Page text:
During the contest we ran 4 operating positions, each equipped with an Elecraft K3 and then a selection of amplifiers including 2x SPE 1.3Kfa, 1x SPE 1.5kfa and an Elecraft KPA500 (with thanks to Clive 3B8CW for assisting). As can be imagined, running four stations with five operators was a challenging task, however we were able to utilise 3 station which would be permanently placed on bands which would not typically be open at the same time and one ‘roving’ station which would have access to all un-used antennas to catch band openings, multipliers and keep an eye on how propagation was doing. When contest time came, we arranged a schedule of who would operate on what bands and between what time. Personally, I was band lead for 15m, which I thoroughly enjoyed. The band was open from sunrise until long after sunset offering very high QSO rates and even more importantly, giving me an opportunity to sleep at night between band closing and re-opening the next morning. On average each day, I spend 15 hours in the chair with occasional short comfort breaks which were covered by anyone spare. Throughout the contest we found conditions to work reasonably well. 15m was open for the longest amount of time, there were good openings on 10m and 20. Throughout the night when the low bands opened, we continued to be productive, however we were hindered by local QRM which we could not isolate. Even so, we produced good results on all bands.
Following the contest, we were able to focus of some DXing and operating on some other WARC bands. 12m was operated due to popular demand and provided a good number of QSO in and across Europe. Following this we started to dismantle the station, which brings me onto the earlier link to BS7H.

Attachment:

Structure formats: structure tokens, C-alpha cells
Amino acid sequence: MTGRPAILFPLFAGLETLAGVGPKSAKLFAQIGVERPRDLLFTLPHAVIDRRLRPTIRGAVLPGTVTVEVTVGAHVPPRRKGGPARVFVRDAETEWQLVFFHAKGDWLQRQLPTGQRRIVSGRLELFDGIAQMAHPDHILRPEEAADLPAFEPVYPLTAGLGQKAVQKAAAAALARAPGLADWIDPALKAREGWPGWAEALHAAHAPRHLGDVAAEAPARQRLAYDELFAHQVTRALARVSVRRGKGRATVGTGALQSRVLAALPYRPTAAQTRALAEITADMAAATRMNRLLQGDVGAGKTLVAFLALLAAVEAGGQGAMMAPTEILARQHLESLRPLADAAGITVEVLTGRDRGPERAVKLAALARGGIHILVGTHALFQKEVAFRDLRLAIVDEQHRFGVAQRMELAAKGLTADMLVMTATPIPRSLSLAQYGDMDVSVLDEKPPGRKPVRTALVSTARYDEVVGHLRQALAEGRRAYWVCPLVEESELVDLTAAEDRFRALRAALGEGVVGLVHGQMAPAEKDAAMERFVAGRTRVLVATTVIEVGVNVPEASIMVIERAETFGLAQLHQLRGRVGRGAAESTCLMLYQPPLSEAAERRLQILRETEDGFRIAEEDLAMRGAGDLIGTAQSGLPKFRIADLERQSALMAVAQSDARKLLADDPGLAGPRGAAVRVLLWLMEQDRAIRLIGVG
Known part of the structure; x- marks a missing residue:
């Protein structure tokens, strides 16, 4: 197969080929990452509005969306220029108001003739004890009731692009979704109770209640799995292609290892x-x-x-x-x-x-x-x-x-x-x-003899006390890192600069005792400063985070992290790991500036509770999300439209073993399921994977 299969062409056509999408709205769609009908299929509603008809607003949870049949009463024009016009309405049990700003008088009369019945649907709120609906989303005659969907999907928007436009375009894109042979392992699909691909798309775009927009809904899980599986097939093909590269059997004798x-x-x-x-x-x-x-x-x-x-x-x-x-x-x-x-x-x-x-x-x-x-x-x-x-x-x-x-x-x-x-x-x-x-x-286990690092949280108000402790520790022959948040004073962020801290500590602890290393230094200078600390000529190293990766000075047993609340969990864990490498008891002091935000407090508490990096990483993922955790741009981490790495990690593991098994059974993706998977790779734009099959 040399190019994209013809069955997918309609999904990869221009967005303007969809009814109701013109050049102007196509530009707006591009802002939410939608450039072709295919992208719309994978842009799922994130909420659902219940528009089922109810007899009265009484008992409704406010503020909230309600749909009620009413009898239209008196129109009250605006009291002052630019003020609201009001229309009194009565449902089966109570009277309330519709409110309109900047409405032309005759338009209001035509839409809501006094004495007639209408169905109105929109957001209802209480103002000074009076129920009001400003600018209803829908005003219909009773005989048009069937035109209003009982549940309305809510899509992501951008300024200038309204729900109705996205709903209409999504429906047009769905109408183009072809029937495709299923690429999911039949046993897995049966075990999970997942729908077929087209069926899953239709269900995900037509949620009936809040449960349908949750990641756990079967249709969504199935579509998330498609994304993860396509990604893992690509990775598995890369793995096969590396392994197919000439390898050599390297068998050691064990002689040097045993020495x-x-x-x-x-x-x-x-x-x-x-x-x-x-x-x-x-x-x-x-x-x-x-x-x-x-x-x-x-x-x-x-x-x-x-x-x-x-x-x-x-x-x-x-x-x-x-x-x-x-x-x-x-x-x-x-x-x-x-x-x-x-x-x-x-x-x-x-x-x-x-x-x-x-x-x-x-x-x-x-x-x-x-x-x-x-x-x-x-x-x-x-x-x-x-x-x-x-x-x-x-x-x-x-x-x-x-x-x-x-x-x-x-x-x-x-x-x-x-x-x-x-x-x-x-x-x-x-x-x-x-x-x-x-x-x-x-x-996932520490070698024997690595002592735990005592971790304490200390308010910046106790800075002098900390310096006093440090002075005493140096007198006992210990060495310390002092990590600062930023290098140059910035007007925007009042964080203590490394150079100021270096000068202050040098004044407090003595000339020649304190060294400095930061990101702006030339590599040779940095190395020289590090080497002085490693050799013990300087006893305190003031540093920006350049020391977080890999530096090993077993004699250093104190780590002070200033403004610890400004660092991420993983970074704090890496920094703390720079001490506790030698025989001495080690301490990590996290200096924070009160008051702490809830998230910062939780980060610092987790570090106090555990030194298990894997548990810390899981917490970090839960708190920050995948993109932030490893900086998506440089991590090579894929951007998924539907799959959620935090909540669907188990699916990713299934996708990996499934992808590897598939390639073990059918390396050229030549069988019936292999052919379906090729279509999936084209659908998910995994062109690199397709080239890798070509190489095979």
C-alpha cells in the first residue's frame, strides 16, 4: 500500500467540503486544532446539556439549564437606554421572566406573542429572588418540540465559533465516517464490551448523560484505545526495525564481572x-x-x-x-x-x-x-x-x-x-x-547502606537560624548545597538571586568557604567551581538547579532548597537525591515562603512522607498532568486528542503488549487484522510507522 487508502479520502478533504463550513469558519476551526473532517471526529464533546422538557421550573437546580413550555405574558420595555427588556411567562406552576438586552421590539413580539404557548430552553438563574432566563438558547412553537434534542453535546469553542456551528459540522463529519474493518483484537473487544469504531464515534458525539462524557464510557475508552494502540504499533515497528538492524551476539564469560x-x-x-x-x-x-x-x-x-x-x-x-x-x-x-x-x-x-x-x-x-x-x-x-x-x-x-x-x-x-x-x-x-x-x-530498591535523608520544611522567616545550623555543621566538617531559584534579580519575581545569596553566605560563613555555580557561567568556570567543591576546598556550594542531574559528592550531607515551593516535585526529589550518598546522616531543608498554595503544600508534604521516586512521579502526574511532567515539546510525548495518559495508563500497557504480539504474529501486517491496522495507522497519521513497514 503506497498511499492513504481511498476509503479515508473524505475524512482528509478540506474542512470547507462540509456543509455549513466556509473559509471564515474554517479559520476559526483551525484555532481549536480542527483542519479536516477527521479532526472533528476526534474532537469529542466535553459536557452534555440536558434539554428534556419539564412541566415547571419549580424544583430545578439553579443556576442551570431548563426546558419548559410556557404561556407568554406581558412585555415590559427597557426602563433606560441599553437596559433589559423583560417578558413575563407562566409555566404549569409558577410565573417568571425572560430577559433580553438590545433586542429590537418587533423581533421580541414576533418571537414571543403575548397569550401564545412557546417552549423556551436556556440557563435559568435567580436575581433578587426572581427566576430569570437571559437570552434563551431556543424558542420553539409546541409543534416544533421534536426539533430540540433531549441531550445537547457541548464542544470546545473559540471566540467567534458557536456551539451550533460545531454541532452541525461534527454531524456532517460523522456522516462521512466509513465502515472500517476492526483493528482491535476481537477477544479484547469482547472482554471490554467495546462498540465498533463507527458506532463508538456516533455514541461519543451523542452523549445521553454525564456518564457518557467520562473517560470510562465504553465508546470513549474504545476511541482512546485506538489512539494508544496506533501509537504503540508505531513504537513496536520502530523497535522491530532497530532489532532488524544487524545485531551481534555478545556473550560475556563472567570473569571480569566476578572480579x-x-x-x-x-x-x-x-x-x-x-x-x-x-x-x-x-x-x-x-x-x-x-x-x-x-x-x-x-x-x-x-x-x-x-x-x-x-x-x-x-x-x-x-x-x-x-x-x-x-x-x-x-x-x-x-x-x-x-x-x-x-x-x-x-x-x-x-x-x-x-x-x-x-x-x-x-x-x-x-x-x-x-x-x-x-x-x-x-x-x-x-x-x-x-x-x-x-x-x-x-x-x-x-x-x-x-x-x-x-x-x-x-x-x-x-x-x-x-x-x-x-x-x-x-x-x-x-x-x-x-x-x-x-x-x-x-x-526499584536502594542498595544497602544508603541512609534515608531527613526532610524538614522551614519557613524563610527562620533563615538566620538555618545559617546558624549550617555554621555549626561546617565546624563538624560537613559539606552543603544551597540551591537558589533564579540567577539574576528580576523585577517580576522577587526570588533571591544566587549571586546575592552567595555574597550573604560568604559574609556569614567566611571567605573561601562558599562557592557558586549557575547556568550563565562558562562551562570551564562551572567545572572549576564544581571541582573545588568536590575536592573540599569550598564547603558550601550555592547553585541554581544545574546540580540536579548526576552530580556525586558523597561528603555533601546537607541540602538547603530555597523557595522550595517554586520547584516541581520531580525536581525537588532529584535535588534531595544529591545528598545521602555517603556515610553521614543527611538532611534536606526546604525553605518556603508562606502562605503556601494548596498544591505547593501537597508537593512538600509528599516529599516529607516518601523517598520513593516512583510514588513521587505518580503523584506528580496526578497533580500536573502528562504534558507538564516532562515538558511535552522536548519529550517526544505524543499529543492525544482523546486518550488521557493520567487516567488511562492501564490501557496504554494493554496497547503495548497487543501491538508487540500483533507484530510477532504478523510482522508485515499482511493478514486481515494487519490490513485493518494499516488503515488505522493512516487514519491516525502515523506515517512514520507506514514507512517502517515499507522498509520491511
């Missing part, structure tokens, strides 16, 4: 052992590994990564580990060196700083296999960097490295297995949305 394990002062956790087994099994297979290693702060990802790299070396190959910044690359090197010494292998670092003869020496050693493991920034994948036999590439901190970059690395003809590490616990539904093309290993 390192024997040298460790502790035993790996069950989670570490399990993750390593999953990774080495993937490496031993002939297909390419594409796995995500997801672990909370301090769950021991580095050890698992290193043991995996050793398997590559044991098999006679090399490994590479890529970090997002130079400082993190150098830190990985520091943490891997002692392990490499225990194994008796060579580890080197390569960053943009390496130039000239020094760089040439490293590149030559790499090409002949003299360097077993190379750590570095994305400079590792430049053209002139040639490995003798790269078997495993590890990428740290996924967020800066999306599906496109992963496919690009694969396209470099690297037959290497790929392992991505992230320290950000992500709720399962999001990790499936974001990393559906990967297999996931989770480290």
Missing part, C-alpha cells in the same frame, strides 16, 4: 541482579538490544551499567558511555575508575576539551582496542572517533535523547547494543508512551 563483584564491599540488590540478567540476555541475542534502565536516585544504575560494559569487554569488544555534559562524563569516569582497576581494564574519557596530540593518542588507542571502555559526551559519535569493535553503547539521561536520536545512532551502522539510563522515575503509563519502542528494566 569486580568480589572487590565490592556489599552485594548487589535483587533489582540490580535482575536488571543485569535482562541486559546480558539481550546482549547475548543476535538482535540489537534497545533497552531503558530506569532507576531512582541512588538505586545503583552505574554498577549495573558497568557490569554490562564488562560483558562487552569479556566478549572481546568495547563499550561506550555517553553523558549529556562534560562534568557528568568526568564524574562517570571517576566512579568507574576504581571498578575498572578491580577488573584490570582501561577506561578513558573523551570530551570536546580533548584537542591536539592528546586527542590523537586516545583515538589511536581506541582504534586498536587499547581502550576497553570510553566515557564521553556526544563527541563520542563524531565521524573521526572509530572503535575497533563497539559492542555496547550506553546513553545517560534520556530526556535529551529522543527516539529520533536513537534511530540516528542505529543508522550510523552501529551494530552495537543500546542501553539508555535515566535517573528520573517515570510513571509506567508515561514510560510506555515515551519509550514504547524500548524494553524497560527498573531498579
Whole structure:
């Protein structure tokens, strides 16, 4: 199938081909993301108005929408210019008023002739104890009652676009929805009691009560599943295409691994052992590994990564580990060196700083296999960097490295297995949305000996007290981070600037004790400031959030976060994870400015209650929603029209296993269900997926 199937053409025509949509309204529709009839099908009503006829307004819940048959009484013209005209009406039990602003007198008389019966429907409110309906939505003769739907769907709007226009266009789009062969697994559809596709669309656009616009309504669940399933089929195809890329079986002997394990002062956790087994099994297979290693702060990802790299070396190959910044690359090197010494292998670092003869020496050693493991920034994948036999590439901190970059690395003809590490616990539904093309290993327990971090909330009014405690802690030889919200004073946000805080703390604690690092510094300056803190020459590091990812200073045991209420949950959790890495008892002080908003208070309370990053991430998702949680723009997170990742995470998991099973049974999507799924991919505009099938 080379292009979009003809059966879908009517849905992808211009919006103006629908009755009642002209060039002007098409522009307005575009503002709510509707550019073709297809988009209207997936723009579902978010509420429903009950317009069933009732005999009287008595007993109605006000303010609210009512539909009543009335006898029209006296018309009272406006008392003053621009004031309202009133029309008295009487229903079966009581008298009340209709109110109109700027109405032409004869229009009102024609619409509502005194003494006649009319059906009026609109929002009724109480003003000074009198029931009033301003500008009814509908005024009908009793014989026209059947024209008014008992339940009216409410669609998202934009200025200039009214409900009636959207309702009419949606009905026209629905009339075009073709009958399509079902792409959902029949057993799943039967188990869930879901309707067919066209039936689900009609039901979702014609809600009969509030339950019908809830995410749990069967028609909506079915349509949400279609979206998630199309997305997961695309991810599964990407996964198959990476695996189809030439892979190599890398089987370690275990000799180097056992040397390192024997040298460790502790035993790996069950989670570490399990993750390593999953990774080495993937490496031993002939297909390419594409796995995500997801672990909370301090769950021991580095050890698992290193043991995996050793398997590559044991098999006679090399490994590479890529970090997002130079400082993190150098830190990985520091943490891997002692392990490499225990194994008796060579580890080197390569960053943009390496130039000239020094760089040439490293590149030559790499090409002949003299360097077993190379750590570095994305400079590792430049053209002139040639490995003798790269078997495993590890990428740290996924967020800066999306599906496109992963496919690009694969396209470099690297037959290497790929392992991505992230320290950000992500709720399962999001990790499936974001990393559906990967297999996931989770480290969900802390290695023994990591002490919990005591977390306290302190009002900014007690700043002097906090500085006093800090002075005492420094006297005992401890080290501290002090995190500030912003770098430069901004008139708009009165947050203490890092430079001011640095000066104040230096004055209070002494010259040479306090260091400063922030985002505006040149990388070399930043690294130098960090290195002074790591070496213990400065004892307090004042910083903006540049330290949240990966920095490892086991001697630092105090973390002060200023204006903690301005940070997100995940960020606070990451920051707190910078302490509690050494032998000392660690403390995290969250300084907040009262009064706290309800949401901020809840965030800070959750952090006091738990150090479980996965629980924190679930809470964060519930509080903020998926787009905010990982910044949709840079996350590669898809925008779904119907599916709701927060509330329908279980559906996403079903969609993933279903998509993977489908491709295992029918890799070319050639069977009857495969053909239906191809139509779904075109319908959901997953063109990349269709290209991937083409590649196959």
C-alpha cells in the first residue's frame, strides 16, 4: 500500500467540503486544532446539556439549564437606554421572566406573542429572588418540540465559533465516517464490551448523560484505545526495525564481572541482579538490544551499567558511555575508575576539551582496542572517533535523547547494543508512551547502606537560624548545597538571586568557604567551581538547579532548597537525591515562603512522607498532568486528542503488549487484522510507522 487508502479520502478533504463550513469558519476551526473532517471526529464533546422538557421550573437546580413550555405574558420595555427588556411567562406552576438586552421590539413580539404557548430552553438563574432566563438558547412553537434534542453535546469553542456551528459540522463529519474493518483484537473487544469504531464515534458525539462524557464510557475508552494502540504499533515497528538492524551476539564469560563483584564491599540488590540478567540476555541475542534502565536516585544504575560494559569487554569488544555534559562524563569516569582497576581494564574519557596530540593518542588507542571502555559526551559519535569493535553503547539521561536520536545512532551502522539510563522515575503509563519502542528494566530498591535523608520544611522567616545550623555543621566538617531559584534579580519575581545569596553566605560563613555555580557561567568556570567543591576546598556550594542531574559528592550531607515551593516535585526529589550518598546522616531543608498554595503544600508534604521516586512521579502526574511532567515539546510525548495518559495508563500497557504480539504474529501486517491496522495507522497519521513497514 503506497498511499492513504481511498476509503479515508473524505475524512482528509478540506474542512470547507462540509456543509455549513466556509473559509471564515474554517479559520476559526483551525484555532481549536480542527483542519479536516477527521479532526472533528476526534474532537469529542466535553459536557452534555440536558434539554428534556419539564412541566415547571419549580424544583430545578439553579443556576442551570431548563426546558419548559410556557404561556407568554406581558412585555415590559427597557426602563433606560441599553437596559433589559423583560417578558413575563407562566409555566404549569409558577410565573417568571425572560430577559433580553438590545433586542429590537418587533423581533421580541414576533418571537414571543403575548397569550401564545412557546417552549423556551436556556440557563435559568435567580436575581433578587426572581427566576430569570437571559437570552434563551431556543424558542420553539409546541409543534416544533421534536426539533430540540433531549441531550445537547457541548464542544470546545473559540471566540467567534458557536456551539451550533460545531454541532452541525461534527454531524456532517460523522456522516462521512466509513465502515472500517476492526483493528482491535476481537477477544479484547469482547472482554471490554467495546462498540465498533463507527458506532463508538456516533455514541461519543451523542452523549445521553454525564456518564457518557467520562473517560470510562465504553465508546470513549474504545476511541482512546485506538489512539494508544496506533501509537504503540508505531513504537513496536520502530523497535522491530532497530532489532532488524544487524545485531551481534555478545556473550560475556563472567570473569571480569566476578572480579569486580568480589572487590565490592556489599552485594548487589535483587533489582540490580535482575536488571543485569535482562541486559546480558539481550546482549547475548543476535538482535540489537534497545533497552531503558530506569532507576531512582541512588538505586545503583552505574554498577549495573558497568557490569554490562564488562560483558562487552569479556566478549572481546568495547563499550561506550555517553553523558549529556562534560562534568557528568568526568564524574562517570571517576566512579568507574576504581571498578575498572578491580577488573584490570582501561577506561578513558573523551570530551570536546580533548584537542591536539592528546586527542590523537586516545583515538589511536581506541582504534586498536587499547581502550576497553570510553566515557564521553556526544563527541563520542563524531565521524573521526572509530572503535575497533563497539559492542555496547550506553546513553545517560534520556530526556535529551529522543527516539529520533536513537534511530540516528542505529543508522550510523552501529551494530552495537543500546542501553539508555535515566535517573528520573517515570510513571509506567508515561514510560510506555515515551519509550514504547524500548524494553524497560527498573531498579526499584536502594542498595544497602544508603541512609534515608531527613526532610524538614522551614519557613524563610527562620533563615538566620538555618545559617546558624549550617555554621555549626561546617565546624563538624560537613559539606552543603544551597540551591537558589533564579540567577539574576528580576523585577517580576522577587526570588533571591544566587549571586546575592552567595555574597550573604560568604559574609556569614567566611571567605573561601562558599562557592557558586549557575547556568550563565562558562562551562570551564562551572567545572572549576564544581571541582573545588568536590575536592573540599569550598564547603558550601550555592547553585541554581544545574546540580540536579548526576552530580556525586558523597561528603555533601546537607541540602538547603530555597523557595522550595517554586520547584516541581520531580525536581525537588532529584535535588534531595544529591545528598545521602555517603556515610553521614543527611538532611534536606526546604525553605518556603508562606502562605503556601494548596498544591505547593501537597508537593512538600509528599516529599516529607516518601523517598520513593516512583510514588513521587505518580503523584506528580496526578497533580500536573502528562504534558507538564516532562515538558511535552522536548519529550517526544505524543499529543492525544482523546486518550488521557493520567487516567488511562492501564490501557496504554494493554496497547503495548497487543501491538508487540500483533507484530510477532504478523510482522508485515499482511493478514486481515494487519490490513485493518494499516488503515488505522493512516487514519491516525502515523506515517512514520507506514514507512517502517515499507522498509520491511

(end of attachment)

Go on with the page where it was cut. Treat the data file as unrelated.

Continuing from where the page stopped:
Throughout the week we noticed that the 40m vertical was on a very large rock, similar in size and style to those on Scarborough reef. We decided to leave the 40m antenna up until the very last minute to we could take some pictures, and what would come next will be quite amusing for some. Denny KX7M and I went wading through the ocean with a small table, a chair and Denny braved his Elecraft K3 for the purpose of some photos and we set up on the rock in a spoof re-creation of the images from BS7H. We held up the latest Radcom and had pictures took where it looked like we had been operating from the rock during the contest. I personally was not into Amateur Radio at the time of BS7H, however it brought back some memories for those who are of this incredible DX-pedition that took part in 2007. Following our bit of fun, we packed the remaining antennas and gear down ready for the team to start departing.
On the last evening we had a final team meal together, where we discussed how the contest had gone and developed ideas and plans on what we could have done better and what we intend to change for the next time round. Following some drinks, food and laughter on the following morning the team began to depart. Kazu and I were the first to leave, shortly followed the next day by Oliver and Denny and later Olof and Elizabeth would fly back to the UK. Easy right? Wrong! This was during a time where COVIF from African countries had begun to evolve and spread. The UK had introduced new isolation and testing measures meaning everyone travelling to Gatwick would require a different type of test, which meant quickly booking last minute PCR testing for arrival. And Those flying back to the USA would require PCR tests on Mauritius before they were allowed to board the aircraft home. This was a small hurdle and one we all navigated without too much trouble or extra expense.
This was a great trip and one I was pleased to be apart of. There is a lot to be learned by traveling the world, building a multi-multi contest station, and making more than 10 000 QSO’s over one weekend. And that doesn’t consider the QSO’s made prior to the contest. The team intend to return in 2022, potentially with a change to the operators, but 3B8M will be QRV again!
73, Thanks for working us!
3B8/M0SDV QSO’s: 1731